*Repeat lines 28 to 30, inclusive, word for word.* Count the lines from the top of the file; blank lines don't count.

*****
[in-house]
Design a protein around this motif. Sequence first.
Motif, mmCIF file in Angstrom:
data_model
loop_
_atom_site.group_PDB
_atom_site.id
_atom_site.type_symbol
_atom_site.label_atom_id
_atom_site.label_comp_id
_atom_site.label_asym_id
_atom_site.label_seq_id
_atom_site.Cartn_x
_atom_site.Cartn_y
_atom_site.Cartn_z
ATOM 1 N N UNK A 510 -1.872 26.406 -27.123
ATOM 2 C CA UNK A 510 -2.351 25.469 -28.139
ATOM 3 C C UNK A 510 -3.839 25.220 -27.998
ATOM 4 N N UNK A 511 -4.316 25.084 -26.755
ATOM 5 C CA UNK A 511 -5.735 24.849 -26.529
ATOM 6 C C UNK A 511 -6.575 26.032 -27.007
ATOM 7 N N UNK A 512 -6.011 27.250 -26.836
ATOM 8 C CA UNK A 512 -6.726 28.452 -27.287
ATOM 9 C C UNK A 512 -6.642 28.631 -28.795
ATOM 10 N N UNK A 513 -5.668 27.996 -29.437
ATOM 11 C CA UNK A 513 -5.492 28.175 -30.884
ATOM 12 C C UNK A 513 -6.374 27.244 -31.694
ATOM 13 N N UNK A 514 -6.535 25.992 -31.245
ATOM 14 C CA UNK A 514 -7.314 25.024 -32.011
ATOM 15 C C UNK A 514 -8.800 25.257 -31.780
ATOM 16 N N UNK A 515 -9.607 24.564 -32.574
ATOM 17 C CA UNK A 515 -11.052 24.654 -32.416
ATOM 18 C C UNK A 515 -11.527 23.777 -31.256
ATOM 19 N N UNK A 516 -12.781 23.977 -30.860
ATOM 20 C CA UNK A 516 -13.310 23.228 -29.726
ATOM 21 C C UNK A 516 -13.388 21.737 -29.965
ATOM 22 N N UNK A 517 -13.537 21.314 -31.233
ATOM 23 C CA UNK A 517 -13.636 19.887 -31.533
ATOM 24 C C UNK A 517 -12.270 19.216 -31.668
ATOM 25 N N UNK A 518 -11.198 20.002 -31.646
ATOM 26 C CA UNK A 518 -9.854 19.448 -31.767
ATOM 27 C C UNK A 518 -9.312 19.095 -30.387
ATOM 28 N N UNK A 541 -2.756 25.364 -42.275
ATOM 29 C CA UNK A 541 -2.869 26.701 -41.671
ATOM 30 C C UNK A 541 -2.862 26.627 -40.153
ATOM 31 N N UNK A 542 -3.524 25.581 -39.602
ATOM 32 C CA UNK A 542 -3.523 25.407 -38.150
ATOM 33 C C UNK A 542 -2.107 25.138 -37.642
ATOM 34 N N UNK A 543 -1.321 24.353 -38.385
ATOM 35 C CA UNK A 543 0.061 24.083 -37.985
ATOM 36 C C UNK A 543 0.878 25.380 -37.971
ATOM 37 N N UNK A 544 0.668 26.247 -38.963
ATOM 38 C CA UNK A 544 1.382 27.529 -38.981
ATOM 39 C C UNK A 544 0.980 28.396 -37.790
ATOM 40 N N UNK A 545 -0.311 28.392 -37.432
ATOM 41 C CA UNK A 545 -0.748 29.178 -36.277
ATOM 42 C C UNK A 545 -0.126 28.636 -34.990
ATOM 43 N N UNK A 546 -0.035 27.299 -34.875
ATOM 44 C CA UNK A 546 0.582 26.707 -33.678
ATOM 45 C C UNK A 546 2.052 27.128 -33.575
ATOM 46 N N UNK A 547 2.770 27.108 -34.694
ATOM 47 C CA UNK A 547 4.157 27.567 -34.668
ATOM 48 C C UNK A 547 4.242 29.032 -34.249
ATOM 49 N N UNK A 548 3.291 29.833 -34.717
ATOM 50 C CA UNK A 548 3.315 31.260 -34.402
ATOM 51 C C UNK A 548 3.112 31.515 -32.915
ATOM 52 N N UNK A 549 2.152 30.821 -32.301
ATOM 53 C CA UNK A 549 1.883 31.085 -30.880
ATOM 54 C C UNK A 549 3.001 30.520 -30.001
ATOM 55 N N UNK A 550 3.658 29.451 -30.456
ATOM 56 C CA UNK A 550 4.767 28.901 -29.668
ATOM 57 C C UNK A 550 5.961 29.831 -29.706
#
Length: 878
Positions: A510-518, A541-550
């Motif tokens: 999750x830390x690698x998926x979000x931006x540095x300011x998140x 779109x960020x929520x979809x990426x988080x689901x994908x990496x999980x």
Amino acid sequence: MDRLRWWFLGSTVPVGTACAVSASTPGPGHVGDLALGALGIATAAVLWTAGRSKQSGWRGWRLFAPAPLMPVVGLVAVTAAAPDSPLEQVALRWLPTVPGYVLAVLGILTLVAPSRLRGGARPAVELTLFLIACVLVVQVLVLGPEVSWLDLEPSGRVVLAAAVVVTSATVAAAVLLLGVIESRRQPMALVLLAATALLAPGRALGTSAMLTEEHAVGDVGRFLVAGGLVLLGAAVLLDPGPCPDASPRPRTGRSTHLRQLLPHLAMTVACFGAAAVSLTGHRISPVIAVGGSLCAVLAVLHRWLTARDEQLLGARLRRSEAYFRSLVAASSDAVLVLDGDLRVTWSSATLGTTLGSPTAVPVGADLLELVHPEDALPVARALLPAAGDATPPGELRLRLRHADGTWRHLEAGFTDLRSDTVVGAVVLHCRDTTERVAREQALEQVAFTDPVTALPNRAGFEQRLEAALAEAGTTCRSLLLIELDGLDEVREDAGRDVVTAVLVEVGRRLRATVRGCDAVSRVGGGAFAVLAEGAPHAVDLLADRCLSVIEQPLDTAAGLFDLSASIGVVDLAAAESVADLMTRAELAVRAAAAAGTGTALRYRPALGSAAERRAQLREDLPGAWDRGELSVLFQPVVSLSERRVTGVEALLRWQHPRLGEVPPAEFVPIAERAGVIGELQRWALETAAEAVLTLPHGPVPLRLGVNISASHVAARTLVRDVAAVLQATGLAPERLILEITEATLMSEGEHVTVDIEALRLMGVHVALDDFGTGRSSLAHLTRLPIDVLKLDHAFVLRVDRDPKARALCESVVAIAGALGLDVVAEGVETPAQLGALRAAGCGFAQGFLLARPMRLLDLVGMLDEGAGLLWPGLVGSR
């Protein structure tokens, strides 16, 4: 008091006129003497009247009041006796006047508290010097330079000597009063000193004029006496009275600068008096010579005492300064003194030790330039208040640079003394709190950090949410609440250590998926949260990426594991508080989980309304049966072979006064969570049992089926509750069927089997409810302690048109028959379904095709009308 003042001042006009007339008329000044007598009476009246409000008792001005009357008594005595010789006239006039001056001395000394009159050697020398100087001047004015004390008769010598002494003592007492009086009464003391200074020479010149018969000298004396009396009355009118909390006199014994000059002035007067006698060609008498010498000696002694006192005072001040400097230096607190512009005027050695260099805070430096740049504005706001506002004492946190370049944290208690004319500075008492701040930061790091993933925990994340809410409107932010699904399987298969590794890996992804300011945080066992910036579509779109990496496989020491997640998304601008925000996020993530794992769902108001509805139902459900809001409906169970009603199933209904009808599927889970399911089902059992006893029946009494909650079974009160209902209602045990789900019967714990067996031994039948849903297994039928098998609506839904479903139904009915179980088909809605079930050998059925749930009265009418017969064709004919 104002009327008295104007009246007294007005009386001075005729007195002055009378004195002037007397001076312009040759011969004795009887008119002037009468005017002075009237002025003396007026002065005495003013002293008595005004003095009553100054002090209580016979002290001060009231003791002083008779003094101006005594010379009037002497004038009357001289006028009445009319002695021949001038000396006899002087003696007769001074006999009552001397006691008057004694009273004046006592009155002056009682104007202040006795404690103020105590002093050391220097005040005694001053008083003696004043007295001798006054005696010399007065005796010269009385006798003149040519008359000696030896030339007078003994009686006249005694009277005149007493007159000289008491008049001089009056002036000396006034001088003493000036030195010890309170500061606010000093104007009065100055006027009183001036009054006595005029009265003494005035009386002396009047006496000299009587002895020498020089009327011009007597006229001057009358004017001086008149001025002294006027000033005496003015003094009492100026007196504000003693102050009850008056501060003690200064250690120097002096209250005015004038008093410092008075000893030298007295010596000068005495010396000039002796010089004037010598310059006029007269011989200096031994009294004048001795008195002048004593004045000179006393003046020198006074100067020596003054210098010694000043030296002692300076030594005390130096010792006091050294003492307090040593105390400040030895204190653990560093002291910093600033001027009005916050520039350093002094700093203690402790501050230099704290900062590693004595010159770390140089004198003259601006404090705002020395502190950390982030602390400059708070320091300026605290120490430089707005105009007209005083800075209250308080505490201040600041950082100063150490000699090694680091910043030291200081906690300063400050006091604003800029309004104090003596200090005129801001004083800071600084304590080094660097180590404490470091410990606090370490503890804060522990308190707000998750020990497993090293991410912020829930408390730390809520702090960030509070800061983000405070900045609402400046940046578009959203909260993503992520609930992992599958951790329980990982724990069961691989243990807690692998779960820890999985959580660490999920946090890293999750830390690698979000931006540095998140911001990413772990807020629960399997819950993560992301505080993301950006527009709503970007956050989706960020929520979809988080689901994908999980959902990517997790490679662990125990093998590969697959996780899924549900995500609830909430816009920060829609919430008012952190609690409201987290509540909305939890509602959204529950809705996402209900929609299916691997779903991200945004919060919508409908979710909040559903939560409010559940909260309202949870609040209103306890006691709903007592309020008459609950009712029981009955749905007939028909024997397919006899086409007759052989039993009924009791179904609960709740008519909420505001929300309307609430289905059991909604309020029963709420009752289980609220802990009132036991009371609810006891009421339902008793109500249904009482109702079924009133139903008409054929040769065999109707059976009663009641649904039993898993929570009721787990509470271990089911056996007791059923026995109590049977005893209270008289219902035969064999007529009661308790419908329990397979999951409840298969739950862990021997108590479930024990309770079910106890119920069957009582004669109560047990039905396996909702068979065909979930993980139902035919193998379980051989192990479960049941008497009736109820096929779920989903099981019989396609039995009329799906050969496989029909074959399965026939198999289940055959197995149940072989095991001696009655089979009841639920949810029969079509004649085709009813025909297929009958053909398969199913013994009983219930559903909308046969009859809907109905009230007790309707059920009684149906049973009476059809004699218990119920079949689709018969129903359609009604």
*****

ATOM 13 N N UNK A 514 -6.535 25.992 -31.245
ATOM 14 C CA UNK A 514 -7.314 25.024 -32.011
ATOM 15 C C UNK A 514 -8.800 25.257 -31.780